For many students at WSU, getting a healthy amount of exercise is often difficult. While there are multiple recreational facilities located on campus, such as the UREC and Chinook Student Center, many students still struggle to fit exercise into their significantly busy schedules. However, WSU offers a wide range of PE Activity courses that provide guaranteed times for students to exercise, while also earning college credit, which is an excellent option for students trying to fit physical activity into their schedules in the upcoming semester.
“With college you’re busy with school and you have a lot of homework and extra stuff to do so I think people just forget about being healthy,” said Marcus Gray, a junior public relations major who enrolled in Jogging. Gray said he enjoyed the class and looked forward to exercising each time he attended class.
WSU offers a dynamic selection of different PE courses for students to enroll in. On top of standard conditioning and weight training options, students can enroll in classes that teach self-defense, yoga, various types of dance, scuba diving, swimming, various sports and even fly fishing. All these courses involve some degree of physical activity and exercise, while also teaching students new skills and health habits.
these are all graded university classes, students are motivated to attend and
participate in order to maintain a solid grade.
“Under our PE organization, it’s mainly … graded on just participation, so sign-in sheets,” said Sukhdeep Mahein, a junior conditioning instructor and Division I athlete trainer.
Mahein said the grading scale of each PE class is based on the instructor, yet he grades his conditioning class purely based on attendance and participation, while also providing opportunities for students to make up class absences.
the presence of written tests and assignments, students are instead able to
dedicate their full attention and effort to simply attending class and
He said enrolling in a PE class is a good gateway to a healthier lifestyle for those who struggle with consistently getting proper exercise and has noticed that some of the students enrolled in his class have also begun exercising on their own time as well.
PE courses also often feature a relaxed, supportive environment for students as well. Tanner German, a junior business management major, is currently enrolled in Conditioning Swimming.
“[It’s] a really friendly environment … we made friends with the other guys in the class,” German said.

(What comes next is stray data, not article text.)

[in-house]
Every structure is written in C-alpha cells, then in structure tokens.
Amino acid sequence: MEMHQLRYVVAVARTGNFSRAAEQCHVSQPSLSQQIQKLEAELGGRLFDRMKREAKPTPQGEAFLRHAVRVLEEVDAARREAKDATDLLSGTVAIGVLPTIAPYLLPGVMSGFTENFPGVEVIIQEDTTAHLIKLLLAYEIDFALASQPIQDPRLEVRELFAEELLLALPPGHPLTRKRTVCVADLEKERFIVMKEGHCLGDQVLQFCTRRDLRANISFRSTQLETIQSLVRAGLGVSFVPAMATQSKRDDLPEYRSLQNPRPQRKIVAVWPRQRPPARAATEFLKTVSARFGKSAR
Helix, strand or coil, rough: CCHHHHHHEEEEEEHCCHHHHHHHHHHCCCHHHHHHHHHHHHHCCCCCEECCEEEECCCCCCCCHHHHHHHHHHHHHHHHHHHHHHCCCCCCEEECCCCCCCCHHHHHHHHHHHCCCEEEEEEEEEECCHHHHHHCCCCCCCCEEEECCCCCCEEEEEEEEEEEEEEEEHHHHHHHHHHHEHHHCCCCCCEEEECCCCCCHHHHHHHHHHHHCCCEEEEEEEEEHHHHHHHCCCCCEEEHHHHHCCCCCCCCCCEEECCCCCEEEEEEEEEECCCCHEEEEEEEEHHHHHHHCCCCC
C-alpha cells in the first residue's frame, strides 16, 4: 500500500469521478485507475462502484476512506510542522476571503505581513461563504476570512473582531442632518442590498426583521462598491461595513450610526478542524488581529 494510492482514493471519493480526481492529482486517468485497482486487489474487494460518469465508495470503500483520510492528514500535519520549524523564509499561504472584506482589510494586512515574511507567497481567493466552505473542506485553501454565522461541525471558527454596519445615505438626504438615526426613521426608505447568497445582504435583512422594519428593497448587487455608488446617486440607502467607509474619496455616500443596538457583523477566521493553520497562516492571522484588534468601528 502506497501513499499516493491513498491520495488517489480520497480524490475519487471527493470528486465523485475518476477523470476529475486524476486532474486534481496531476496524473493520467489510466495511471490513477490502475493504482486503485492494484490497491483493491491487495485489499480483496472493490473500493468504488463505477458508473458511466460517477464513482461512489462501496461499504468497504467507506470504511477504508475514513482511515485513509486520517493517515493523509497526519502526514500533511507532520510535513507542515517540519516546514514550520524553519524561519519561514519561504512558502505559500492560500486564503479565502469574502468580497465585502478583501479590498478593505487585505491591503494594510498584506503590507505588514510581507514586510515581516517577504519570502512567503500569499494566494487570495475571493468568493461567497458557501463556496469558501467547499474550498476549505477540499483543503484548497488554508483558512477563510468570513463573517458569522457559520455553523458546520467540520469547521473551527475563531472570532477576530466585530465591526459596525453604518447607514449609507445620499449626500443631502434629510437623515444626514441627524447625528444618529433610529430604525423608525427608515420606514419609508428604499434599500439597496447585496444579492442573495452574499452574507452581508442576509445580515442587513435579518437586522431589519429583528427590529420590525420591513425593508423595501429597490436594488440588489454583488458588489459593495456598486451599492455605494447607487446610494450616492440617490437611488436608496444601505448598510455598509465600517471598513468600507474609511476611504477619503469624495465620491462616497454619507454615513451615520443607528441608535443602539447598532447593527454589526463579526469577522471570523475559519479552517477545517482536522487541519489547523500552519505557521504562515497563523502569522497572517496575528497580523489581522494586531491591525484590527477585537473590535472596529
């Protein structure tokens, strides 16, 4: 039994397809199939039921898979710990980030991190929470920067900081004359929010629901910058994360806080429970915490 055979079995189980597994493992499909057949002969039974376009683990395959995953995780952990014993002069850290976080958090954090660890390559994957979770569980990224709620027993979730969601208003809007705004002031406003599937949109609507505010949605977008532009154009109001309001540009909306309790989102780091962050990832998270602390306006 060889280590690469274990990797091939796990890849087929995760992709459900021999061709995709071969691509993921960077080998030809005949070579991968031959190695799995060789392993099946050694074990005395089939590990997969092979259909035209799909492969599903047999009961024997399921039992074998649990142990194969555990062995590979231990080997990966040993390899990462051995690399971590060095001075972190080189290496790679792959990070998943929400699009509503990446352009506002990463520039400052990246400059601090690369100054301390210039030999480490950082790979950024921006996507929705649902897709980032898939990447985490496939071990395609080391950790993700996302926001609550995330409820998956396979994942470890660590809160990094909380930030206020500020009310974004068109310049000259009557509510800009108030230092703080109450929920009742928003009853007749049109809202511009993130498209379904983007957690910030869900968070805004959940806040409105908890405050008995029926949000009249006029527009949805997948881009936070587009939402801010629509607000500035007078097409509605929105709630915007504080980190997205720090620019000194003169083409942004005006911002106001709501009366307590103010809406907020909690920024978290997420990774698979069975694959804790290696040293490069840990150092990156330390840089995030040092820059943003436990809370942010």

A typical class session would consist of a warm-up, swimming different sets of lengths and using different strokes, as well as playing pool games such as sharks and minnows on some days, he said.
Mahein said his class environment is laid back, yet he still pushes his students to work hard, as physical improvement requires students to exercise with intensity, which helps them to loosen up and become more social.
“They’re shy in the beginning, but when we started running around and doing activities, they opened up,” Mahein said.
courses and the exercise they require also serve as scheduled stress-relief
sessions. If students are actively following directions and working out for the
entirety of a class session, there is often little time to worry and stress
about other classes and deadlines, giving students a mental break from the
constant pressures and stresses that can sometimes prove overwhelming.
While PE courses may be an afterthought for most college students, the classes offered by WSU are meant to benefit students by providing scheduled exercise in a supportive, friendly environment, taught by instructors who genuinely care about student progress and development.
Any physical fitness class works a student physically, it also provides a mental break and stress relief through healthy exercise, all while providing college credit. Despite the growing concern for student health and safety, these classes could allow students to practice healthy lifestyles in the upcoming semester.
Anthony Torchia is a history major from Colbert, Wash. He can be contacted at 335-1140 or at email@example.com. The views expressed in this column do not necessarily represent the views of The Daily Evergreen, its editors or publishers.